Arizona Game & Fish’s Heritage Fund celebrates 20 years of conserving Arizona’s wildlife

If you voted in Arizona in 1990, chances are you voted in favor of the initiative that created the Heritage Fund. Arizonans showed their overwhelming support for wildlife by passing the measure by a 2-to-1 ratio.

For the past 20 years the Heritage Fund has made a difference not just to wildlife conservation efforts, but also to the state’s economy, public access, environmental education and outdoor recreation.

Notable accomplishments of the Arizona Game and Fish Department’s Heritage dollars over the past two decades include:

  • Contributing to local economies through the awarding of more than 640 grants totaling nearly $13 million dollars across all of Arizona’s counties.
  • Supporting the award-winning and nationally-recognized Bald Eagle Nestwatch Program, which has been key in helping the state’s bald eagle population grow more than 600 percent over the past 30 years.
  • Reintroducing black-footed ferrets, California condors and black-tailed prairie dogs, which had disappeared from the state.
  • Recovering Apache trout to the point where the species could be downlisted from “endangered” to “threatened,” allowing fishing opportunities for this native species.
  • Managing the conservation of more than 600 species, including threatened and endangered species like the Sonoran pronghorn, desert tortoise, Chiricahua leopard frog, and Mount Graham red squirrels.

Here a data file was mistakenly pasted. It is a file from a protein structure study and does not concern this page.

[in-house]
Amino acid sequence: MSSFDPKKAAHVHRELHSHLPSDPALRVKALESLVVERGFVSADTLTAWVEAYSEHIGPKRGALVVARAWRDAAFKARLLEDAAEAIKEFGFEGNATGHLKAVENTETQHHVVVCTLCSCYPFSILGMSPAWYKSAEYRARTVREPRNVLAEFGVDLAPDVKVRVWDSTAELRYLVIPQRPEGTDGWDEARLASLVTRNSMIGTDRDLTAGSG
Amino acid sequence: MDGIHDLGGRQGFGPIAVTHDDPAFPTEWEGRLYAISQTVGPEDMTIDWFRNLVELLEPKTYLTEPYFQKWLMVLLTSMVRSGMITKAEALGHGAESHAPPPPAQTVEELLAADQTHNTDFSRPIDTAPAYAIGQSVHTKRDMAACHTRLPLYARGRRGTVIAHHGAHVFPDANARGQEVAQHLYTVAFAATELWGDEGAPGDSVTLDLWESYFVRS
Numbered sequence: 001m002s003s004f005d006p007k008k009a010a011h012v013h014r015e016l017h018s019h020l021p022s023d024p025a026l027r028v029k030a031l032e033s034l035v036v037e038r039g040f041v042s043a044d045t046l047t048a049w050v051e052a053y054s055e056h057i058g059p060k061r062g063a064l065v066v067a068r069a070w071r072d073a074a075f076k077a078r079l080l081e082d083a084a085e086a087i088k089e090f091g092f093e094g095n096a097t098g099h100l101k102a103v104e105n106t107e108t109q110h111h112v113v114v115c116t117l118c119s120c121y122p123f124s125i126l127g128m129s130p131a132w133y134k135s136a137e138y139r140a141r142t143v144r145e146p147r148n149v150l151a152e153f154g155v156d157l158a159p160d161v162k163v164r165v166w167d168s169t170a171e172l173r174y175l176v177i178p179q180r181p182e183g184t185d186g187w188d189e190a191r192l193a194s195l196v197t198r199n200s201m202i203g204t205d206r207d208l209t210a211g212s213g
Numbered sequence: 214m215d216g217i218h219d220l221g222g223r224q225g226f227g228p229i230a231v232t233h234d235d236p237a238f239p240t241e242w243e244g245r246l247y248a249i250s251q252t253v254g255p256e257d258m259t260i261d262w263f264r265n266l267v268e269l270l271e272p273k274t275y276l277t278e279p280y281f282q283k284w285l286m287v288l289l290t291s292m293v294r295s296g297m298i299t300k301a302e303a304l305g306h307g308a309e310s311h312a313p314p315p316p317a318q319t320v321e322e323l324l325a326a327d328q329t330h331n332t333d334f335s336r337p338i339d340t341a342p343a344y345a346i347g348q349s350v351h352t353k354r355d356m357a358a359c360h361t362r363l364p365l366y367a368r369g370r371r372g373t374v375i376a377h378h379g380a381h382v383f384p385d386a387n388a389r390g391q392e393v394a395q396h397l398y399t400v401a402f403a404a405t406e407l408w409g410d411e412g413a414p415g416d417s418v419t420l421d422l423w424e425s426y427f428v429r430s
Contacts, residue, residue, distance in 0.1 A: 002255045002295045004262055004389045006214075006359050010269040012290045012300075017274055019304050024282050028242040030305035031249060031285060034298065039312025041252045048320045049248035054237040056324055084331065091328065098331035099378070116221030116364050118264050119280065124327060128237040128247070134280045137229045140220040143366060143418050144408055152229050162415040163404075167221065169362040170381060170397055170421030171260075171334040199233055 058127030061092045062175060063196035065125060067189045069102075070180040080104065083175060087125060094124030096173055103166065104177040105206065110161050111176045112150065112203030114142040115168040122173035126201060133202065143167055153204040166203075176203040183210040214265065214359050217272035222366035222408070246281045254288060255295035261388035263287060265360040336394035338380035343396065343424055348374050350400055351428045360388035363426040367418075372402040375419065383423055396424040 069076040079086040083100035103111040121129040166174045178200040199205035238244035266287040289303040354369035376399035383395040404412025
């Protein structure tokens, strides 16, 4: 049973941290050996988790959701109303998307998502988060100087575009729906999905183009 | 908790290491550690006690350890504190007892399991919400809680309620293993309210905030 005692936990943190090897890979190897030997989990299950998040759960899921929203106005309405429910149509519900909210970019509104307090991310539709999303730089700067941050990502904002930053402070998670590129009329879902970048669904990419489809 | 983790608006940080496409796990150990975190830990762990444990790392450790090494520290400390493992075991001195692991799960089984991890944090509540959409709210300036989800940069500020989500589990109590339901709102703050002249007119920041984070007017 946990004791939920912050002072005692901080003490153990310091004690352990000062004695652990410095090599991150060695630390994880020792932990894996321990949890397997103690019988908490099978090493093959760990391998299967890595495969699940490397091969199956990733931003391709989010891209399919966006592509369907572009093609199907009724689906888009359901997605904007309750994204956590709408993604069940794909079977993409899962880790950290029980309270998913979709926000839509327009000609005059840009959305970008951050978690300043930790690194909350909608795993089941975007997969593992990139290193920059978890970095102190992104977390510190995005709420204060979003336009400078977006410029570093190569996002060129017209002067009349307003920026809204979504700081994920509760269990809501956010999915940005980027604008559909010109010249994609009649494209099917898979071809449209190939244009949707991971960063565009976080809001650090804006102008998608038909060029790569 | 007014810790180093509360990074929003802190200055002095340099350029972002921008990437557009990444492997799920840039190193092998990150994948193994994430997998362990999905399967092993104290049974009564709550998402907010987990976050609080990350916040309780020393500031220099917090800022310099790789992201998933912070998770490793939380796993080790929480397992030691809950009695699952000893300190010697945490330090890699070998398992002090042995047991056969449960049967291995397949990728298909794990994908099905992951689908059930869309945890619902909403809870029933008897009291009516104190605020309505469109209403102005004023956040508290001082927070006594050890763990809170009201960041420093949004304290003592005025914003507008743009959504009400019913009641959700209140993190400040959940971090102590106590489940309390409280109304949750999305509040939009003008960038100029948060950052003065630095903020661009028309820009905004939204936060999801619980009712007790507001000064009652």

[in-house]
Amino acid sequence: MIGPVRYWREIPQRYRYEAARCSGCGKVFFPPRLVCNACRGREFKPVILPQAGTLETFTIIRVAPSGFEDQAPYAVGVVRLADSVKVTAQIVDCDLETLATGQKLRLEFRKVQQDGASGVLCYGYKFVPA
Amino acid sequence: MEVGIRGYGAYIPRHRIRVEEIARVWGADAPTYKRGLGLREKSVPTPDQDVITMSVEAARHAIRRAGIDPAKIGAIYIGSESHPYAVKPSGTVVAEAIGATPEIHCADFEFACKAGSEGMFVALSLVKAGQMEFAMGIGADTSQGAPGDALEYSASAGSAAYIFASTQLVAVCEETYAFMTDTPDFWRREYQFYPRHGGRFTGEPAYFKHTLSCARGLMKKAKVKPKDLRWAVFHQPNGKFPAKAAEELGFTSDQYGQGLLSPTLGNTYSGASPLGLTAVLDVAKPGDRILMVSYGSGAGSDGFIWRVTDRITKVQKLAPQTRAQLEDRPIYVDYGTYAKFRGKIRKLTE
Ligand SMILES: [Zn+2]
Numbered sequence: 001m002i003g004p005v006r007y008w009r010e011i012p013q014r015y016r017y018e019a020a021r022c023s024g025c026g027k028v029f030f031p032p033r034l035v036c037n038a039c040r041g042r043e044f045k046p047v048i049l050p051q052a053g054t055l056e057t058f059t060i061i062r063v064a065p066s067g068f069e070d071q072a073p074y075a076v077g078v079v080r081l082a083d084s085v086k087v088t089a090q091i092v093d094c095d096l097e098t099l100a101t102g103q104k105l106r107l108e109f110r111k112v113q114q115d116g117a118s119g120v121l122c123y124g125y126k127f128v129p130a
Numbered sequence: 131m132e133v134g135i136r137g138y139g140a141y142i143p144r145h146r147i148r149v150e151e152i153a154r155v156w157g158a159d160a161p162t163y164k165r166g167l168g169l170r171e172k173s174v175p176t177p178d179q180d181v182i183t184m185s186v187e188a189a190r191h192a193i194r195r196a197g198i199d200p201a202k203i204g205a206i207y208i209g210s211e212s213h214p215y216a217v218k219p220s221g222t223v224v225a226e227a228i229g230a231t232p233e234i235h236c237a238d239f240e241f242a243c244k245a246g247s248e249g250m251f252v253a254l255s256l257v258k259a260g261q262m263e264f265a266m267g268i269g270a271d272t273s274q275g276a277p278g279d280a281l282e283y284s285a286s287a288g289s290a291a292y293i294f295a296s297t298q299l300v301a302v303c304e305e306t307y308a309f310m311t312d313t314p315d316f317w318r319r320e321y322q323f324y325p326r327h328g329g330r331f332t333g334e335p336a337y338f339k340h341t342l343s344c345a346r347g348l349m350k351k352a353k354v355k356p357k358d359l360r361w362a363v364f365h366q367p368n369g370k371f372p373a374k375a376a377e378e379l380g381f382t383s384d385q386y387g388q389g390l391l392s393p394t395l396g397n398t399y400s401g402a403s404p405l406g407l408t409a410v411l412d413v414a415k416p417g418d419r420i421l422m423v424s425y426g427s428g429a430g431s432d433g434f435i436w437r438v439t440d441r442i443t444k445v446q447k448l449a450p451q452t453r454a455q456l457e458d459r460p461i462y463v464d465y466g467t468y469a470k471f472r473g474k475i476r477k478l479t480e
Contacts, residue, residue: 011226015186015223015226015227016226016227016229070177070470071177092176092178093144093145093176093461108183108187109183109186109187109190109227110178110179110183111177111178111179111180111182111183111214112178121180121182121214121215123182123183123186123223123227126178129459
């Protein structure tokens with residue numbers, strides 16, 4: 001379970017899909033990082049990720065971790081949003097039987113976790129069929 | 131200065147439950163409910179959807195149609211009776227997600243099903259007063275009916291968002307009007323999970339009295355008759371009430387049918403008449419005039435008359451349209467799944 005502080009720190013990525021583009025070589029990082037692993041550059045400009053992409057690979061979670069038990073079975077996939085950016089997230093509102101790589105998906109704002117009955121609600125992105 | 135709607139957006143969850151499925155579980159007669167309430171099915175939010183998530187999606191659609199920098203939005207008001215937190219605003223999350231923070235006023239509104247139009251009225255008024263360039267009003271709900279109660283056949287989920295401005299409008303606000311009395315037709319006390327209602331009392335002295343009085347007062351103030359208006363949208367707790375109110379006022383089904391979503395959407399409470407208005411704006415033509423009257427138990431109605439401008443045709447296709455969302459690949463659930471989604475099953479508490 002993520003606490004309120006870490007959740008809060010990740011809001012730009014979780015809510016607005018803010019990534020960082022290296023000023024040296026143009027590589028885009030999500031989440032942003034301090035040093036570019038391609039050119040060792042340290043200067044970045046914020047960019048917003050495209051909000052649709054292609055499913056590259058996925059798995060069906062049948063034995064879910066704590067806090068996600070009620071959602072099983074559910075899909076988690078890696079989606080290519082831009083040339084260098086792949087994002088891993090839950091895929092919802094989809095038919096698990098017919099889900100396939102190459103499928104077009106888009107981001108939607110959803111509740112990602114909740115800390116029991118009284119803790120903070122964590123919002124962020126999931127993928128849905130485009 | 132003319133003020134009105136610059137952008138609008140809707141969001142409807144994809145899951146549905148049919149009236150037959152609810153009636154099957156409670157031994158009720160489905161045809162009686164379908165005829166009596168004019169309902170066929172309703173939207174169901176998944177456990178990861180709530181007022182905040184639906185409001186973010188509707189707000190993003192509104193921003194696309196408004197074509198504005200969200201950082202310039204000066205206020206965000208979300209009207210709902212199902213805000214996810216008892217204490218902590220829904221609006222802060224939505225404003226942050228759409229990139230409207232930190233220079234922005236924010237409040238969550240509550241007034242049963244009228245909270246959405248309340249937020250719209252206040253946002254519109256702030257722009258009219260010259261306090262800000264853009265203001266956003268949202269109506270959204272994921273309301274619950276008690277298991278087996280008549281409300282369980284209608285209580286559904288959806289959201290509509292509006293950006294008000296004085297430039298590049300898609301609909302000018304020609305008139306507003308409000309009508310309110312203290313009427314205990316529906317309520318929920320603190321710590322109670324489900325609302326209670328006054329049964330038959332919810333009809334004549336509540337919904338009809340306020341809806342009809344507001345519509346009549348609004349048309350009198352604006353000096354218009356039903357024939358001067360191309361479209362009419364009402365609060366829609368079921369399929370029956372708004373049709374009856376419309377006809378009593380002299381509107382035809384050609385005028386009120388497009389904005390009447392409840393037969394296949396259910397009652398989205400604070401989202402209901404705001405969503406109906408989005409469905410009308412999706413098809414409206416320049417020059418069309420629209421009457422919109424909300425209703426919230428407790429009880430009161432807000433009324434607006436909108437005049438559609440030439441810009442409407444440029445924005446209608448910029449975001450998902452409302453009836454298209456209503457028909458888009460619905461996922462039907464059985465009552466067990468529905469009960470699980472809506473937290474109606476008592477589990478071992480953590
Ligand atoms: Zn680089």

• Supporting representation of Arizona’s interests with regard to wildlife conservation, land use and water policy decisions.
  • Providing funding to acquire nearly 18,000 acres for public enjoyment and wildlife recreation, including wildlife areas at Becker Lake, Whitewater Draw, the Verde River, and Sipe White Mountain.
  • Constructing barrier-free fishing piers to increase angler access at Woodland, Mittry, Patagonia, Kaibab, Riggs and Rose Canyon lakes.
  • Development of the award-winning Urban Fish Stocking program to provide urban recreational opportunities to the public.
  • Creation of schoolyard habitats for student learning that have been awarded the “Governor’s Pride” and Westmarc’s “Best of the West” awards.
  • Securing public land access to more than 2 million acres in the state.

“Sometimes voters approve a measure, and they don’t know what happens after that,” says Larry Voyles, director for the Arizona Game and Fish Department. “We want to make sure Arizonans know this money went to the cause they chose and help them see the far-reaching effects it has had not only on Arizona’s precious wildlife, but also on the economy, especially in rural communities, and their local area.”

The Heritage Fund gives money from lottery ticket sales to conservation efforts like protecting endangered species, acquiring habitat for the benefit of sensitive species, providing access to outdoor recreational opportunities, and educating children and adults about wildlife.

The Heritage Fund constitutes 12 percent of Game and Fish’s overall budget and is a critical funding source for leveraging federal grants for even greater conservation benefit. The department does not receive any of the state’s general tax revenues. It’s funding for wildlife conservation and management comes primarily from the sale of hunting and fishing licenses, federal excise taxes on certain hunting and fishing gear, and a couple of other key sources such as the Heritage Fund.

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